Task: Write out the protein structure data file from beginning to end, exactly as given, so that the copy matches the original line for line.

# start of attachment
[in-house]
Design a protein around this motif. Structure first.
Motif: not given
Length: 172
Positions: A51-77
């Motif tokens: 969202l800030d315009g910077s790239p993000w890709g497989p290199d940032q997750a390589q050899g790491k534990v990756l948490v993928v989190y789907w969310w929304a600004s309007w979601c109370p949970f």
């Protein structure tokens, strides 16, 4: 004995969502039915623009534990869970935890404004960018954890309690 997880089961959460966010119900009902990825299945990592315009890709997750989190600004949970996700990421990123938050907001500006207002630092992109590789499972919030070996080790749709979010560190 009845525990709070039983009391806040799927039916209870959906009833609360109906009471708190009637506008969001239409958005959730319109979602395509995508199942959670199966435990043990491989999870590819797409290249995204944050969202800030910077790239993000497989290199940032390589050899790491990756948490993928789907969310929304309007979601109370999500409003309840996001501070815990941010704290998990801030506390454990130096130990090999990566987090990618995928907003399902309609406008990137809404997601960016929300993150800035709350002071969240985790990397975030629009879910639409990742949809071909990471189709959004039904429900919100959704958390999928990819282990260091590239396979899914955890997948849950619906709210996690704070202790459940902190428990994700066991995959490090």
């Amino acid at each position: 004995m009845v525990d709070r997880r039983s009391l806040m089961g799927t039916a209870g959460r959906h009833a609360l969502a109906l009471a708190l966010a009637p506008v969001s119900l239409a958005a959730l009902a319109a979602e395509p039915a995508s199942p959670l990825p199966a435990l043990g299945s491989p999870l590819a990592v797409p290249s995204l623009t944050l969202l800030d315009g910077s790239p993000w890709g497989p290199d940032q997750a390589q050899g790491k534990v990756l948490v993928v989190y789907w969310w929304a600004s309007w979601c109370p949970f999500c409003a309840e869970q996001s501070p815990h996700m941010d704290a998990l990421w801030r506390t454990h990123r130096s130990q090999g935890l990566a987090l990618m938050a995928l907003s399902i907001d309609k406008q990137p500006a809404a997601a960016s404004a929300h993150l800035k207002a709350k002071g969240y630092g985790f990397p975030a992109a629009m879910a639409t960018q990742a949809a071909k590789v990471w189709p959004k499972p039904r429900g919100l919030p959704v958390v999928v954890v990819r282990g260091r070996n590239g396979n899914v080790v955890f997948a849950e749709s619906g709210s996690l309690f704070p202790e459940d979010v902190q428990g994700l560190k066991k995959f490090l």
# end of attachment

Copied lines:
[in-house]
Design a protein around this motif. Structure first.
Motif: not given
Length: 172
Positions: A51-77
């Motif tokens: 969202l800030d315009g910077s790239p993000w890709g497989p290199d940032q997750a390589q050899g790491k534990v990756l948490v993928v989190y789907w969310w929304a600004s309007w979601c109370p949970f």
């Protein structure tokens, strides 16, 4: 004995969502039915623009534990869970935890404004960018954890309690 997880089961959460966010119900009902990825299945990592315009890709997750989190600004949970996700990421990123938050907001500006207002630092992109590789499972919030070996080790749709979010560190 009845525990709070039983009391806040799927039916209870959906009833609360109906009471708190009637506008969001239409958005959730319109979602395509995508199942959670199966435990043990491989999870590819797409290249995204944050969202800030910077790239993000497989290199940032390589050899790491990756948490993928789907969310929304309007979601109370999500409003309840996001501070815990941010704290998990801030506390454990130096130990090999990566987090990618995928907003399902309609406008990137809404997601960016929300993150800035709350002071969240985790990397975030629009879910639409990742949809071909990471189709959004039904429900919100959704958390999928990819282990260091590239396979899914955890997948849950619906709210996690704070202790459940902190428990994700066991995959490090």
């Amino acid at each position: 004995m009845v525990d709070r997880r039983s009391l806040m089961g799927t039916a209870g959460r959906h009833a609360l969502a109906l009471a708190l966010a009637p506008v969001s119900l239409a958005a959730l009902a319109a979602e395509p039915a995508s199942p959670l990825p199966a435990l043990g299945s491989p999870l590819a990592v797409p290249s995204l623009t944050l969202l800030d315009g910077s790239p993000w890709g497989p290199d940032q997750a390589q050899g790491k534990v990756l948490v993928v989190y789907w969310w929304a600004s309007w979601c109370p949970f999500c409003a309840e869970q996001s501070p815990h996700m941010d704290a998990l990421w801030r506390t454990h990123r130096s130990q090999g935890l990566a987090l990618m938050a995928l907003s399902i907001d309609k406008q990137p500006a809404a997601a960016s404004a929300h993150l800035k207002a709350k002071g969240y630092g985790f990397p975030a992109a629009m879910a639409t960018q990742a949809a071909k590789v990471w189709p959004k499972p039904r429900g919100l919030p959704v958390v999928v954890v990819r282990g260091r070996n590239g396979n899914v080790v955890f997948a849950e749709s619906g709210s996690l309690f704070p202790e459940d979010v902190q428990g994700l560190k066991k995959f490090l």